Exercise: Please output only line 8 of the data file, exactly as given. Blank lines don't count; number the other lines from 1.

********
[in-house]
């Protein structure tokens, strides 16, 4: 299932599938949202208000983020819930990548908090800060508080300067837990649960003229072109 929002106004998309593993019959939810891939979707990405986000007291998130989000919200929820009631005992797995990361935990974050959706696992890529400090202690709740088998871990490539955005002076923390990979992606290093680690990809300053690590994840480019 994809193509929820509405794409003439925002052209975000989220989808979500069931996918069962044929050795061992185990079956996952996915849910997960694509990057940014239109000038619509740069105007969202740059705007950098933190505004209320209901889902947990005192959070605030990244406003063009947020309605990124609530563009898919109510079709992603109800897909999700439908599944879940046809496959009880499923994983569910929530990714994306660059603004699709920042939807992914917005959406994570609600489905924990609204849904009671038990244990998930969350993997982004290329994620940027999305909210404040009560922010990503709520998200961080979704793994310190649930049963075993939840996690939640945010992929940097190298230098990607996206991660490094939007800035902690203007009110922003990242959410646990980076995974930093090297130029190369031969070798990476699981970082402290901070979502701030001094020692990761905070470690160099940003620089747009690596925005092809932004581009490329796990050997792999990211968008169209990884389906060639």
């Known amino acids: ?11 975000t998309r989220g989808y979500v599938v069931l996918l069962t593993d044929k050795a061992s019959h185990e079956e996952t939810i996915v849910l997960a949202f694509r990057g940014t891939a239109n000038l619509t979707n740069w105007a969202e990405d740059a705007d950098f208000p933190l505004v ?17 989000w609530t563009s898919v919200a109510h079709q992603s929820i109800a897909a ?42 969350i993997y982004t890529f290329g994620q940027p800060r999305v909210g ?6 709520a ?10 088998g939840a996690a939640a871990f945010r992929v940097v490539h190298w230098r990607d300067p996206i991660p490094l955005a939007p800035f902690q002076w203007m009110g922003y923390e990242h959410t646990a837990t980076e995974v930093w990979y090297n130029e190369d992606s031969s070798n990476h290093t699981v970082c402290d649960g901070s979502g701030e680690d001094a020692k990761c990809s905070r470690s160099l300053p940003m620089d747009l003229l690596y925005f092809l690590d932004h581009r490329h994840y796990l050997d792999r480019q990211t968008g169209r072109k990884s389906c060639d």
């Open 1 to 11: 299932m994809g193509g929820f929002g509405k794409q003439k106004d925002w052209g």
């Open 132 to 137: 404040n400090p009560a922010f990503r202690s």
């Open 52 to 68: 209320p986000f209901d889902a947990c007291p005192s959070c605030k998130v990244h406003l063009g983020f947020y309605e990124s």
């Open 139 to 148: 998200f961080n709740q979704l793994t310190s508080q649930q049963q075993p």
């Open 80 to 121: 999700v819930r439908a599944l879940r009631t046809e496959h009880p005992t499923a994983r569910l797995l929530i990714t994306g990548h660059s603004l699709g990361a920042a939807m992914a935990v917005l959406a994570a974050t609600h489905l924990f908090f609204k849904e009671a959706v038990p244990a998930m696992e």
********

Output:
């Open 80 to 121: 999700v819930r439908a599944l879940r009631t046809e496959h009880p005992t499923a994983r569910l797995l929530i990714t994306g990548h660059s603004l699709g990361a920042a939807m992914a935990v917005l959406a994570a974050t609600h489905l924990f908090f609204k849904e009671a959706v038990p244990a998930m696992e």